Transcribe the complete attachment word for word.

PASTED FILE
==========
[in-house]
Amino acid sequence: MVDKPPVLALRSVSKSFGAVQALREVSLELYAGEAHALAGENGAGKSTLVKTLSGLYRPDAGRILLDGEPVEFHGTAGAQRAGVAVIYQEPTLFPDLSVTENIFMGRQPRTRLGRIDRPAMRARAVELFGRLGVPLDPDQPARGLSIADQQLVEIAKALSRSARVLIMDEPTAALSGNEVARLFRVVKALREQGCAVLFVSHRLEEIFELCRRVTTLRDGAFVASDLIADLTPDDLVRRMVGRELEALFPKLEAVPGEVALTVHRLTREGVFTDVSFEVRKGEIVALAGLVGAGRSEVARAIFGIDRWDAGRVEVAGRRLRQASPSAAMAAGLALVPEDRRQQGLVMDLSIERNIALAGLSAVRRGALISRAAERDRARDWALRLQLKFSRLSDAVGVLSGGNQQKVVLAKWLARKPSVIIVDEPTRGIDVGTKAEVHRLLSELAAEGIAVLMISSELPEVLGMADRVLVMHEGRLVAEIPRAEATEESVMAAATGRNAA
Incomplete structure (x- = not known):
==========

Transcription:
[in-house]
Amino acid sequence: MVDKPPVLALRSVSKSFGAVQALREVSLELYAGEAHALAGENGAGKSTLVKTLSGLYRPDAGRILLDGEPVEFHGTAGAQRAGVAVIYQEPTLFPDLSVTENIFMGRQPRTRLGRIDRPAMRARAVELFGRLGVPLDPDQPARGLSIADQQLVEIAKALSRSARVLIMDEPTAALSGNEVARLFRVVKALREQGCAVLFVSHRLEEIFELCRRVTTLRDGAFVASDLIADLTPDDLVRRMVGRELEALFPKLEAVPGEVALTVHRLTREGVFTDVSFEVRKGEIVALAGLVGAGRSEVARAIFGIDRWDAGRVEVAGRRLRQASPSAAMAAGLALVPEDRRQQGLVMDLSIERNIALAGLSAVRRGALISRAAERDRARDWALRLQLKFSRLSDAVGVLSGGNQQKVVLAKWLARKPSVIIVDEPTRGIDVGTKAEVHRLLSELAAEGIAVLMISSELPEVLGMADRVLVMHEGRLVAEIPRAEATEESVMAAATGRNAA
Incomplete structure (x- = not known):